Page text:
Evidence based assessment/Substance use disorder (disorder portfolio)

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Substance use disorder[edit]

Substance use disorder is a DSM disorder in the Substance-Related and Addictive Disorders chapter. It is characterized by the use of substances in a manner that leads to clinically significant impairment or distress.

Demographic information[edit]

This section describes the demographic setting of the population(s) sampled, base rates of diagnosis, country/region sampled and the diagnostic method that was used. Using this information, clinicians will be able to anchor the rate of SUD that they are likely to see in their clinical practice.

Base rates of SUD in different populations and clinical settings[edit]

Setting Base Rate Demography Diagnostic Method Best Recommended For
General population of North Carolina 6.7% North Carolina, aged 12 or older National Survey on Drug Use and Health (NSDUH), 2009 to 2013
United States General Adult Population: National Epidemiologic Survey on Alcohol and Related Conditions (NESARC)

(Grant et al., 2007)

17.8 (0.5) Alcohol Abuse; 12.5 (0.4) Alcohol Deedence; 7.7 (0.2) Drug Abuse; 2.6 (0.1) Drug Dependence 43,093 individuals, 18+ years old collected between 2001 and 2002 National Institute on Alcohol Abuse and Alcoholism Alcohol Use Disorder and Associated Disabilities Interview Schedule- DSM IV Version (AUDADIS-IV)
United States General Adult Population: National Comorbidity Survey Replication (NCS-R)[1] 13.2 (0.6) Alcohol Abuse; 5.4 (0.3) Alcohol Deedence; 7.9 (0.4) Drug Abuse; 3.0 (0.2) Drug Dependence 9,282 adults, 18+ years old ; collected between 2001 and 2003 World Mental Health Survey Initiative Version of the World Health Organization Composite International Diagnostic Interview (WMH-CIDI) which generates DSM-IV and International Classification of Diseases, 10th revision diagnoses
Urban General Medicine Practice[2] 7.9% New York, low-income primary care patients, 75% Hispanic, Patient Health Questionnaire
Incarcerated females[3] 70.2% Chicago prison - 40 % African American, 33% White, 25 % Hispanic National Institute of Mental Health Diagnostic Interview Schedule Version 11I-R (NIMH DIS-III-R)
Incarcerated females (updated)

(Proctor 2012)

70% dependent Minnesota State Prison System- 801 females, 18-58 years old, 57.7% Caucasian, 21.5% African American, 13.2% Native American Substance Use Disorder Diagnostic Schedule-IV (SUDDS-IV)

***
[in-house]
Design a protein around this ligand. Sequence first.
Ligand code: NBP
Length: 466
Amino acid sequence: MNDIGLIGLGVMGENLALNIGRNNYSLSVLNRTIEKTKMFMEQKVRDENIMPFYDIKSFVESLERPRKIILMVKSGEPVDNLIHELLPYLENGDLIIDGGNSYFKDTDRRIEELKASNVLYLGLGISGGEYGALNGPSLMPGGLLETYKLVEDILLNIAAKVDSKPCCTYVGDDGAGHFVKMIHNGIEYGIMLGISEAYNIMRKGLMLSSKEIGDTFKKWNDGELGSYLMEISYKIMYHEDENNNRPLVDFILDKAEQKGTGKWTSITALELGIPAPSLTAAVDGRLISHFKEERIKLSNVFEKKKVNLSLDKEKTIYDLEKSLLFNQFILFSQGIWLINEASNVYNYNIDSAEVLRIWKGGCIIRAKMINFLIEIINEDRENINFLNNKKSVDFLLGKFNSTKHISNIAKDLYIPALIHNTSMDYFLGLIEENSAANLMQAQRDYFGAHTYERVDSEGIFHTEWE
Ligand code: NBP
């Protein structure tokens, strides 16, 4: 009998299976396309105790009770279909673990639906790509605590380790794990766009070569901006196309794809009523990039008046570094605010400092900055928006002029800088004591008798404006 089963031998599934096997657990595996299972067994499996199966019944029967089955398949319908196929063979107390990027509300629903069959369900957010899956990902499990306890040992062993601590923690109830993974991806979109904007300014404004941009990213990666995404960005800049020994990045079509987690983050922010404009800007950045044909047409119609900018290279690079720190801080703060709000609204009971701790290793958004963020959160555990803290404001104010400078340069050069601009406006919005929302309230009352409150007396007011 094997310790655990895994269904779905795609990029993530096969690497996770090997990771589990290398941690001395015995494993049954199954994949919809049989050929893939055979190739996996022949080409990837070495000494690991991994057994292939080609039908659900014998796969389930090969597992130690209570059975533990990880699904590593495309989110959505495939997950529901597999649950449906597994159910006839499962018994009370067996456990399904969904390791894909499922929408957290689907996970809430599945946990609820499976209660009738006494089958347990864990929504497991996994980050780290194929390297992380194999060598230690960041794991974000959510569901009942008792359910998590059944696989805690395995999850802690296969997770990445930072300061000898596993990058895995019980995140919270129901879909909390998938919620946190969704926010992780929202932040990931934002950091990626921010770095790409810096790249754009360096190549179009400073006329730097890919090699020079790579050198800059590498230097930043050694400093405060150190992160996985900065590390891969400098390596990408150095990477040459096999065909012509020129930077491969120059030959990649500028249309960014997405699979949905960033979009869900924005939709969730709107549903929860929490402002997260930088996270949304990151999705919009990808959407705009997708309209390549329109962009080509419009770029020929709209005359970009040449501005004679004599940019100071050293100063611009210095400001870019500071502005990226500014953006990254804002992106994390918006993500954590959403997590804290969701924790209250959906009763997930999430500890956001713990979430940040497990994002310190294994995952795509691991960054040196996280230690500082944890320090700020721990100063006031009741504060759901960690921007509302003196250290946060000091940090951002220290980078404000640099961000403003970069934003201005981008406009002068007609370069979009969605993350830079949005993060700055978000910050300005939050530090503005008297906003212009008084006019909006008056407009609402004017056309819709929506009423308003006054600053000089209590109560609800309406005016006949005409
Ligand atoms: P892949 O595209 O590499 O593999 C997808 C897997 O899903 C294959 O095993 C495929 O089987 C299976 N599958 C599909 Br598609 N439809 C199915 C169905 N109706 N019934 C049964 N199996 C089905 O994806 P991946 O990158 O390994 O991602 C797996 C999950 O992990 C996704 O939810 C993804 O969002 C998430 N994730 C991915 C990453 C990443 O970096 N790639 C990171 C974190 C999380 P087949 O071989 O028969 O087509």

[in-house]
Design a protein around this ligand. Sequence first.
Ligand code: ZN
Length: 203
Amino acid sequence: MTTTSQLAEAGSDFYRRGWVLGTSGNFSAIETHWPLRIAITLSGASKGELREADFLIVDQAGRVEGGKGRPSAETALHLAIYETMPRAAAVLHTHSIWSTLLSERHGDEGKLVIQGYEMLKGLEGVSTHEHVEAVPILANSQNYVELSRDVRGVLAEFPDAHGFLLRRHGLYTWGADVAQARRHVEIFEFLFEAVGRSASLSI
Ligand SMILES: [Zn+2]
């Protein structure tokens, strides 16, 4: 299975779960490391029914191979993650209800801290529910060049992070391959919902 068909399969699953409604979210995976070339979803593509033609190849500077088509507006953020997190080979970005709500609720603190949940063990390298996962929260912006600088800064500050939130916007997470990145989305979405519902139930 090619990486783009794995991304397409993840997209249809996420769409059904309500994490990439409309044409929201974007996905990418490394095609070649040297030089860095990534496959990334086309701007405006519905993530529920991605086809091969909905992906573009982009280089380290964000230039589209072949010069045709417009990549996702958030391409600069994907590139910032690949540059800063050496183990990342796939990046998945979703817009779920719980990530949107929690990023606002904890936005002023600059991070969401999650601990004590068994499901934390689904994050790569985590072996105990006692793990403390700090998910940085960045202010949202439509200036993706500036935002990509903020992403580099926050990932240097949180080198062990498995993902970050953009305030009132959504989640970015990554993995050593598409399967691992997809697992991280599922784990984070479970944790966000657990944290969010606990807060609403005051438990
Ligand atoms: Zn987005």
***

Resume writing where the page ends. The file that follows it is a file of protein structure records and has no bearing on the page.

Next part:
Incarcerated male youths[4] 56.4% Texas state prison – 45 % African American, 33% White, 20% Hispanic Structured Clinical Interview for DSM IV – Substance Use Disorders Module
Individuals with schizophrenia across settings[5] 47% New Haven, CT; Baltimore, MD; St. Louis, MO; Durham, NC; Los Angeles, CA National Institute of Mental Health (NIMH) Diagnostic Interview Schedule
HIV+ men in community health clinics[6] 24.4% Alleghany County, PA Structured Clinical Interview for DSM-III-R
Internal medicine inpatients[7] 10.9% Denmark Symptom Check List (SCL-8)

Diagnosis[edit]

Recommended diagnostic interviews[edit]

  • Diagnostic Interview Schedule- IV
  • Structured Clinical Interview for DSM-IV
  • The Psychiatric Research Interview for Substance and Mental Disorders
  • International Classification of Diseases, version 10
  • The Mini International Psychiatric Interview (M.I.N.I)[8]

Screening instruments and diagnostic interviews[edit]

Measure Format (Reporter) Age Range Administration/

Completion Time

Inter-rater reliability Test-retest reliability Construct validity Content validity Highly recommended
Drug Abuse Screening Test (DAST) Questionnaire 18-adult 5 minutes NA U A A
Drug Use Screening Inventory-Revised (DUSI-R) (not free) Questionnaire 10-18;18-adult 20 minutes NA U A A
Structured Clinical International Diagnostic Interview (CIDI) Interview Adults 30 minutes-3 hours G G A G
Substance Dependence Severity Scale (SDSS) Interview 16-adult 30-45 minutes NA G G G
Global Appraisal of Individual Needs- Initial GAIN-I ($1.00 license fee per project for use of Beta version) Interview 12-adult 1.5-2.5 hours NA G G G

Note: L = Less than adequate; A = Adequate; G = Good; E = Excellent; U = Unavailable; NA = Not applicable

Psychometric properties of screening measures for PBD[edit]

Screening Measure (Primary Reference) AUC LR+ (Score) LR- (Score) Clinical Generalizability
Timeline Follow Back[9] --

(N=113)

6.82 .0.28 Moderate: The sample was drawn from 113 patients entering outpatient substance abuse treatment.
Bayesian Alcoholism Test[10] .989

(N=114)

47 .06 Moderate: The BAT was tested against a broad spectrum of alcoholism in 114 male participants – heavy drinkers were measured against social drinkers – groups were further divided into treatment-seeking and non-treatment seeking.
Alcohol Use Disorder Identification Test[11][12] .56 3.67 .74 Low: 120 Male VA outpatients 65 years or older
K6 Screening Scale[13][14] .84

(N=41,770)

3.96

(13+)

.0.296

(0-12)

High: The sample of 41,770 was drawn from initial surveys that were carried out in 14 countries.
Alcohol, Smoking and Substance Involvement Screening Test[15] .84

(N=1,047)

2.76 0.28 High: The sample of 1,047 participants was drawn from drug treatment and primary health care settings in Australia, Brazil, India, Thailand, the United Kingdom, the U.S. and Zimbabwe.
Brief Screening for Alcohol, Tobacco, and Other Drugs (BSTAD)[16] 0.96

(N = 525)

31.67 .05 Unsure- was administered in adolescents and no information is known about it’s utility in strictly clinical or adult populations.
Simple Screening Instrument for Alcohol and Other Drug Abuse (SSI-AOD)[17] 0.6

(N = 201)

1.86 .82 Low: validity assessed in 201 college students
Drug Abuse Screening Test (DAST) [18] .78

(N = 395)

4.43 0.33 Moderate: evaluated in a primary care setting of patients with psychiatric illness
CAGE [19] .70

(N = 358)

1.86 .49 Questionable: sample was young adults 15-24 years attending urban clinic for sexually transmitted disease treatment and who reported alcohol use in the last year
Drug Use Disorders Identification Test (DUDIT)[20] 0.95